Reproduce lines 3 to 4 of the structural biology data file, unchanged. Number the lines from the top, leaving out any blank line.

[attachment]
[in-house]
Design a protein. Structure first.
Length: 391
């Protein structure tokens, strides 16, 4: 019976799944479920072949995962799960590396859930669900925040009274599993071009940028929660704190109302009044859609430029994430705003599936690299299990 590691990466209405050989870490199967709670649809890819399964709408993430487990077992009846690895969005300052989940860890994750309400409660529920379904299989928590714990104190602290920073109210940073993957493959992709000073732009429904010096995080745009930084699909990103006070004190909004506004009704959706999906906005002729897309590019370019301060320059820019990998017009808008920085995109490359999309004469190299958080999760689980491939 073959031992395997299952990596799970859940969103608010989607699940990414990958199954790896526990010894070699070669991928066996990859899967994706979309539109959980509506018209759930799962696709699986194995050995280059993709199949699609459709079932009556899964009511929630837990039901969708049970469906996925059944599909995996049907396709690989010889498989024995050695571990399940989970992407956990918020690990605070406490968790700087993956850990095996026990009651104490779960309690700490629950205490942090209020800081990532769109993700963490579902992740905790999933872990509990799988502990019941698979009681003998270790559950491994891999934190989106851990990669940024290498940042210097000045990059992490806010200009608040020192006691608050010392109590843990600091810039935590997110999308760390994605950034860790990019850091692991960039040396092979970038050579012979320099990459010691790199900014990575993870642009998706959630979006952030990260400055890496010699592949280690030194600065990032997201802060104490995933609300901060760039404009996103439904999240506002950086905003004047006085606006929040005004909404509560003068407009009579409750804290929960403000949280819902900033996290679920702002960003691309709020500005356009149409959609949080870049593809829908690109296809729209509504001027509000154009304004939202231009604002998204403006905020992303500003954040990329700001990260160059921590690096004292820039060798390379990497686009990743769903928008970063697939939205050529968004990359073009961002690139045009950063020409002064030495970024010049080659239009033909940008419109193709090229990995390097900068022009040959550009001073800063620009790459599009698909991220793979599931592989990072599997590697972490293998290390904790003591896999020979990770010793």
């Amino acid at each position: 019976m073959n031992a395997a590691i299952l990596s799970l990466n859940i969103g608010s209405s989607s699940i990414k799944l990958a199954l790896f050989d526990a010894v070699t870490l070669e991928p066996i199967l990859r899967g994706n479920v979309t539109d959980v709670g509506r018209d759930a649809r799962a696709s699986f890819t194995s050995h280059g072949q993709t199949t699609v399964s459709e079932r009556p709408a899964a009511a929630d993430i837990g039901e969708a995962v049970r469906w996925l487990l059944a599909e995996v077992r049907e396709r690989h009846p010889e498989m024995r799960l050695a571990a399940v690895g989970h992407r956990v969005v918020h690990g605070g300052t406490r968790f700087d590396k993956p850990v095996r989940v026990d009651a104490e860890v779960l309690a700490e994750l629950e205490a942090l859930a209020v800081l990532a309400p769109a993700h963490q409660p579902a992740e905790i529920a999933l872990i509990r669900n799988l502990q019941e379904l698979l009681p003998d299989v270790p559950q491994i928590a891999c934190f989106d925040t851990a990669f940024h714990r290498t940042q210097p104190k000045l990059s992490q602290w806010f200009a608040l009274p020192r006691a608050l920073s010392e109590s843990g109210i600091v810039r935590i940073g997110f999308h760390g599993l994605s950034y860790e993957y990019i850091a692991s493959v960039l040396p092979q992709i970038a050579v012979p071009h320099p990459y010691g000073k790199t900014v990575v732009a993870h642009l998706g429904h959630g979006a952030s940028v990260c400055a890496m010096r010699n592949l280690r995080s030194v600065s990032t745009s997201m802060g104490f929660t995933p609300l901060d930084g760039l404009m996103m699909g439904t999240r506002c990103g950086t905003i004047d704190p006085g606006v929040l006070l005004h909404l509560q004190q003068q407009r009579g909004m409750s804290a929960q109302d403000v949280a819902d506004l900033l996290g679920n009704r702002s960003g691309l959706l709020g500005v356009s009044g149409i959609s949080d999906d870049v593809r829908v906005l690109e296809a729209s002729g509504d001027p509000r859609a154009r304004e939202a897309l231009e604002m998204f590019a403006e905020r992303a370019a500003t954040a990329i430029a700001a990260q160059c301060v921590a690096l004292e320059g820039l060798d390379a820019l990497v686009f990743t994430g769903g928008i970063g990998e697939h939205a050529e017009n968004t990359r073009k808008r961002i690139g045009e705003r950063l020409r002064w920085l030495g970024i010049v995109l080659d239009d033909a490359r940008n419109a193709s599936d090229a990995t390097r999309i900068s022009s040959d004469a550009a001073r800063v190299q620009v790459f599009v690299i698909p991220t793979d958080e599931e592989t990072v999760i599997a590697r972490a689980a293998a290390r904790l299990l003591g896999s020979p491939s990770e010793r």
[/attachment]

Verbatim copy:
Length: 391
């Protein structure tokens, strides 16, 4: 019976799944479920072949995962799960590396859930669900925040009274599993071009940028929660704190109302009044859609430029994430705003599936690299299990 590691990466209405050989870490199967709670649809890819399964709408993430487990077992009846690895969005300052989940860890994750309400409660529920379904299989928590714990104190602290920073109210940073993957493959992709000073732009429904010096995080745009930084699909990103006070004190909004506004009704959706999906906005002729897309590019370019301060320059820019990998017009808008920085995109490359999309004469190299958080999760689980491939 073959031992395997299952990596799970859940969103608010989607699940990414990958199954790896526990010894070699070669991928066996990859899967994706979309539109959980509506018209759930799962696709699986194995050995280059993709199949699609459709079932009556899964009511929630837990039901969708049970469906996925059944599909995996049907396709690989010889498989024995050695571990399940989970992407956990918020690990605070406490968790700087993956850990095996026990009651104490779960309690700490629950205490942090209020800081990532769109993700963490579902992740905790999933872990509990799988502990019941698979009681003998270790559950491994891999934190989106851990990669940024290498940042210097000045990059992490806010200009608040020192006691608050010392109590843990600091810039935590997110999308760390994605950034860790990019850091692991960039040396092979970038050579012979320099990459010691790199900014990575993870642009998706959630979006952030990260400055890496010699592949280690030194600065990032997201802060104490995933609300901060760039404009996103439904999240506002950086905003004047006085606006929040005004909404509560003068407009009579409750804290929960403000949280819902900033996290679920702002960003691309709020500005356009149409959609949080870049593809829908690109296809729209509504001027509000154009304004939202231009604002998204403006905020992303500003954040990329700001990260160059921590690096004292820039060798390379990497686009990743769903928008970063697939939205050529968004990359073009961002690139045009950063020409002064030495970024010049080659239009033909940008419109193709090229990995390097900068022009040959550009001073800063620009790459599009698909991220793979599931592989990072599997590697972490293998290390904790003591896999020979990770010793």